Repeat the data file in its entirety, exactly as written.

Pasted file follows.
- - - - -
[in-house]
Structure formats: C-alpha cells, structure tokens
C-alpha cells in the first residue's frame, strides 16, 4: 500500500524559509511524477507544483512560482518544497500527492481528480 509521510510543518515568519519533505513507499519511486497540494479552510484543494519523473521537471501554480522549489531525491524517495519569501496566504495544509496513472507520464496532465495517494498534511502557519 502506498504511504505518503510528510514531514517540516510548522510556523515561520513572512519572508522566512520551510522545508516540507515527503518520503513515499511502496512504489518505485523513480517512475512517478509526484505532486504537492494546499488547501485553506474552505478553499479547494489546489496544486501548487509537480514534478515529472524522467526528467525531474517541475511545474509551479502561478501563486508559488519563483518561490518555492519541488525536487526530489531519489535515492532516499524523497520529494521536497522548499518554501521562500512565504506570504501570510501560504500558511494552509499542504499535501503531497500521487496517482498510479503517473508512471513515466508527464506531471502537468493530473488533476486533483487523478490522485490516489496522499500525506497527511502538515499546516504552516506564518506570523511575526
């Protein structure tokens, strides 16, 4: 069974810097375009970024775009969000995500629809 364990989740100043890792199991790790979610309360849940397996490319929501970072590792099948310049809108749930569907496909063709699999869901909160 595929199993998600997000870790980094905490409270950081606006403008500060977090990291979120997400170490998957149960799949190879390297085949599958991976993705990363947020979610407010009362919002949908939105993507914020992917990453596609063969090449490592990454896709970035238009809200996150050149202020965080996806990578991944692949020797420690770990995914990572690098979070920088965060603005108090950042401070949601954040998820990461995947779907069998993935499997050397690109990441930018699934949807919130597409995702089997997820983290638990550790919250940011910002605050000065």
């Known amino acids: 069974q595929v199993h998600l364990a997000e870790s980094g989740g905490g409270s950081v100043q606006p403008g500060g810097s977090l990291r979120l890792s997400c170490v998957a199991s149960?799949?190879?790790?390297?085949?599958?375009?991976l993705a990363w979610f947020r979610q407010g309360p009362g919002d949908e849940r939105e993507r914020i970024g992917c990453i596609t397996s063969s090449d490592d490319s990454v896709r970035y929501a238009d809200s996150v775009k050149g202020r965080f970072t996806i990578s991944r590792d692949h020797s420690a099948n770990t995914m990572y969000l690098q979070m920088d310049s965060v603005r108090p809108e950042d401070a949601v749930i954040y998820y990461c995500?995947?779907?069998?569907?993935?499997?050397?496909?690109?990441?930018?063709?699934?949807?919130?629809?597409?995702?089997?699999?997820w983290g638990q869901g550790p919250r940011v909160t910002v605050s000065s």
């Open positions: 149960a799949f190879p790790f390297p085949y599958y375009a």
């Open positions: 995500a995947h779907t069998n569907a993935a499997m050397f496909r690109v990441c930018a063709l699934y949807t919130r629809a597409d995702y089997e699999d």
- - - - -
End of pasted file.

[in-house]
Structure formats: C-alpha cells, structure tokens
C-alpha cells in the first residue's frame, strides 16, 4: 500500500524559509511524477507544483512560482518544497500527492481528480 509521510510543518515568519519533505513507499519511486497540494479552510484543494519523473521537471501554480522549489531525491524517495519569501496566504495544509496513472507520464496532465495517494498534511502557519 502506498504511504505518503510528510514531514517540516510548522510556523515561520513572512519572508522566512520551510522545508516540507515527503518520503513515499511502496512504489518505485523513480517512475512517478509526484505532486504537492494546499488547501485553506474552505478553499479547494489546489496544486501548487509537480514534478515529472524522467526528467525531474517541475511545474509551479502561478501563486508559488519563483518561490518555492519541488525536487526530489531519489535515492532516499524523497520529494521536497522548499518554501521562500512565504506570504501570510501560504500558511494552509499542504499535501503531497500521487496517482498510479503517473508512471513515466508527464506531471502537468493530473488533476486533483487523478490522485490516489496522499500525506497527511502538515499546516504552516506564518506570523511575526
């Protein structure tokens, strides 16, 4: 069974810097375009970024775009969000995500629809 364990989740100043890792199991790790979610309360849940397996490319929501970072590792099948310049809108749930569907496909063709699999869901909160 595929199993998600997000870790980094905490409270950081606006403008500060977090990291979120997400170490998957149960799949190879390297085949599958991976993705990363947020979610407010009362919002949908939105993507914020992917990453596609063969090449490592990454896709970035238009809200996150050149202020965080996806990578991944692949020797420690770990995914990572690098979070920088965060603005108090950042401070949601954040998820990461995947779907069998993935499997050397690109990441930018699934949807919130597409995702089997997820983290638990550790919250940011910002605050000065």
């Known amino acids: 069974q595929v199993h998600l364990a997000e870790s980094g989740g905490g409270s950081v100043q606006p403008g500060g810097s977090l990291r979120l890792s997400c170490v998957a199991s149960?799949?190879?790790?390297?085949?599958?375009?991976l993705a990363w979610f947020r979610q407010g309360p009362g919002d949908e849940r939105e993507r914020i970024g992917c990453i596609t397996s063969s090449d490592d490319s990454v896709r970035y929501a238009d809200s996150v775009k050149g202020r965080f970072t996806i990578s991944r590792d692949h020797s420690a099948n770990t995914m990572y969000l690098q979070m920088d310049s965060v603005r108090p809108e950042d401070a949601v749930i954040y998820y990461c995500?995947?779907?069998?569907?993935?499997?050397?496909?690109?990441?930018?063709?699934?949807?919130?629809?597409?995702?089997?699999?997820w983290g638990q869901g550790p919250r940011v909160t910002v605050s000065s």
């Open positions: 149960a799949f190879p790790f390297p085949y599958y375009a």
């Open positions: 995500a995947h779907t069998n569907a993935a499997m050397f496909r690109v990441c930018a063709l699934y949807t919130r629809a597409d995702y089997e699999d």